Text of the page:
anybody here like it as it is?

Discussion in 'The 1911 Forum' started by boni, Feb 19, 2007.

  1. boni

    boni New Member

    18
    Feb 18, 2007
    pearl of the orient
    does anyone here have a 1911 thats not modified or firearm for that matter that isn't modified?i mean just as it is. why, what are your reasons for modifying it? :)
     
    Last edited: Feb 19, 2007
  2. TTUshooter

    TTUshooter New Member

    159
    Jun 18, 2006
    DFW/Lubbock TX
    I got a straight up Springfield Armory GI .45. Narry a one modification. But i can see why people want to modify their guns. It makes it more comfortable for them to shoot, more accurate to shoot, it makes it unique, and it makes it look good (even though sometimes just the owner may think that). But I think Above all it gives a deeper level of ownership of the firearm and makes it somthing that they invested time and money into to make shooting more enjoyable.
     

  3. berto64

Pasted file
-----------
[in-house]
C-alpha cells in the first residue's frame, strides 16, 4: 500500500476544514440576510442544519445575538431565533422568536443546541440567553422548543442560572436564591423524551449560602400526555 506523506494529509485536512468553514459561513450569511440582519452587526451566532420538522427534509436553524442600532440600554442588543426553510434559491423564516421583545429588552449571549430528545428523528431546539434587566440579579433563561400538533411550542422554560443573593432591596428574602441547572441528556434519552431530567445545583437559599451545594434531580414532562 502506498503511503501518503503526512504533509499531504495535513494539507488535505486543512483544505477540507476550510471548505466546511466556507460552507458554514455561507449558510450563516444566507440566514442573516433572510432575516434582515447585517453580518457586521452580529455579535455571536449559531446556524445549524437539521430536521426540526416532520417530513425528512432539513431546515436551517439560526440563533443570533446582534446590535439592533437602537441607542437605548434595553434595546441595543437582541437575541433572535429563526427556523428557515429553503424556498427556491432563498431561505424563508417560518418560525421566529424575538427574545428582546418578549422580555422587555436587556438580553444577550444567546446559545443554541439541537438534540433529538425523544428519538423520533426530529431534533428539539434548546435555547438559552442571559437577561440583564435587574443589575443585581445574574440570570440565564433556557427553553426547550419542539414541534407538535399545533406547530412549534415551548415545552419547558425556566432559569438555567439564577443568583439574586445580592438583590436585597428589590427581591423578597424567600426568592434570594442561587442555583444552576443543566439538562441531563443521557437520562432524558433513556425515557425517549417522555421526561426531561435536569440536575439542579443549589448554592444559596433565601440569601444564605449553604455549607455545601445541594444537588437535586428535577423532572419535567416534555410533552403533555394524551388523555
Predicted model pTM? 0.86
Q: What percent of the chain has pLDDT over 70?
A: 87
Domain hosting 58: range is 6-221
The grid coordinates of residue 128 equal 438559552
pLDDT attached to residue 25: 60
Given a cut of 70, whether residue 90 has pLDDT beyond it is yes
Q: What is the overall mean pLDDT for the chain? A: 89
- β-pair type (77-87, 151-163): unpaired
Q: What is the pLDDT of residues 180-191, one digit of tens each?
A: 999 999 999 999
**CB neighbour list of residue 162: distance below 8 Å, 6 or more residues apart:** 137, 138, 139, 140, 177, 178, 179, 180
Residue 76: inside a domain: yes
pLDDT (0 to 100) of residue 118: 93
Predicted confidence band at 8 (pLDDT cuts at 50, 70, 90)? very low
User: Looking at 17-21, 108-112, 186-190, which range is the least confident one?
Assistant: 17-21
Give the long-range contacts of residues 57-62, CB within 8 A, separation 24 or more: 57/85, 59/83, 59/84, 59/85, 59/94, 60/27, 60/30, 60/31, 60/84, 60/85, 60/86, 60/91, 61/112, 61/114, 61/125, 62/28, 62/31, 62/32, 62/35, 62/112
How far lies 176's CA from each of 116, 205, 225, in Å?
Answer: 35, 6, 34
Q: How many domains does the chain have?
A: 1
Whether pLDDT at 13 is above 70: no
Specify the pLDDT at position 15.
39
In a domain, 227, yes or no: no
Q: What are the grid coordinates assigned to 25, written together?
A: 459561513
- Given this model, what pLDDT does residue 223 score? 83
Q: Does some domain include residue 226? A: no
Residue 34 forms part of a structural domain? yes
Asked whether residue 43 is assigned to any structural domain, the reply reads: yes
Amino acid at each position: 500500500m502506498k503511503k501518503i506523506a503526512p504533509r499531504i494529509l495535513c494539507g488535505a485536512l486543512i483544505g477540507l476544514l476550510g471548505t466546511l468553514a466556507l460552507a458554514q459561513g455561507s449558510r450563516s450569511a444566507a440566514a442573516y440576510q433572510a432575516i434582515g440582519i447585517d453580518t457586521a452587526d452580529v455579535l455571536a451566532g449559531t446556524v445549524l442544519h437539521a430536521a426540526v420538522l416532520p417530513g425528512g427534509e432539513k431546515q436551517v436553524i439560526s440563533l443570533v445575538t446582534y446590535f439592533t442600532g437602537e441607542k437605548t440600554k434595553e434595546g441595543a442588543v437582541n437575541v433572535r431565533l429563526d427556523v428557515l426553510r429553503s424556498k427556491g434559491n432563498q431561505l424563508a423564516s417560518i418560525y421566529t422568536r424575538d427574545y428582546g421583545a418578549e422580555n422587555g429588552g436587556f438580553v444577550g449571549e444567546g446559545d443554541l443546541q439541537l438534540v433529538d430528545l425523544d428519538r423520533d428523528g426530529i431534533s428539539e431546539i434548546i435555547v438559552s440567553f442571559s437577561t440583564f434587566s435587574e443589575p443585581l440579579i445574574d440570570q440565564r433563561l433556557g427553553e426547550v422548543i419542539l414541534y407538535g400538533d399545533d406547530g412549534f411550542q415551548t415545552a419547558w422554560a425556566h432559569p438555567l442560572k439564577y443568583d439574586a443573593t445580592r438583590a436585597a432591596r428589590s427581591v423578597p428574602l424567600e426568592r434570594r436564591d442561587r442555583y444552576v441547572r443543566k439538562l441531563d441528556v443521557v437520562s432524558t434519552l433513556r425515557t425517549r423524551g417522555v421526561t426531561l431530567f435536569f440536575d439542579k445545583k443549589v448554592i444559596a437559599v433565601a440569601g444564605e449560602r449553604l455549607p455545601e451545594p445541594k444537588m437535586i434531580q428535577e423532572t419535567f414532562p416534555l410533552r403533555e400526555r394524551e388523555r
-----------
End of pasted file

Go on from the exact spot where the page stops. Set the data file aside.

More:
berto64 Active Member

    I have several 1911's and no one has touched them but me, an that's just when I shoot them & clean them.

    I'm a simple guy, I point, squeeze and the pill hits what I was pointing at. That's all I require.
     
  4. yankeedoodle

    yankeedoodle New Member

    9
    Oct 30, 2006
    West of Lake Michigan
    Why do people buy boats and add STUFF to it????
    Same reason.
    Cause they can.:rolleyes: :rolleyes: :rolleyes:
     
  5. pickenup

    pickenup Active Member

    You ask if anyone has a 1911 that is not modified.
    Then you ask the reason for modifying it.

    ????
     
  6. Being not made of Big $$, I have few stock guns, maybe 4 out of 20. No fancy one's. Trigger job is the most common improvement, for me.
     
  7. stash247

    stash247 New Member

    Oct 18, 2003
    Central Texas
    Boni, I'm unsure of the question.
    I own a couple of 1911's, and 'modify' to me, means "to change from intended purpose, or design".
    This being said, a couple of my 1911's are some off JMB's design parameters, and dimensions, because it was an excellent design, that could be 'tweaked', to fill a special need; many, however, of my pistols, were 'modified' so to speak, to put them BACK on the original dimensions, and design, as they were 'way out', as built!
    A 4 1/4", double action, first shot, ODI Viking combat, is not a JMB design, but is true to the design, with trigger enhancement; A Clark, or Wilson, or Ed Brown pistol; are these modified, or simply put back, by lots of work, to the dimensional tolerance 'split', JMB had in mind??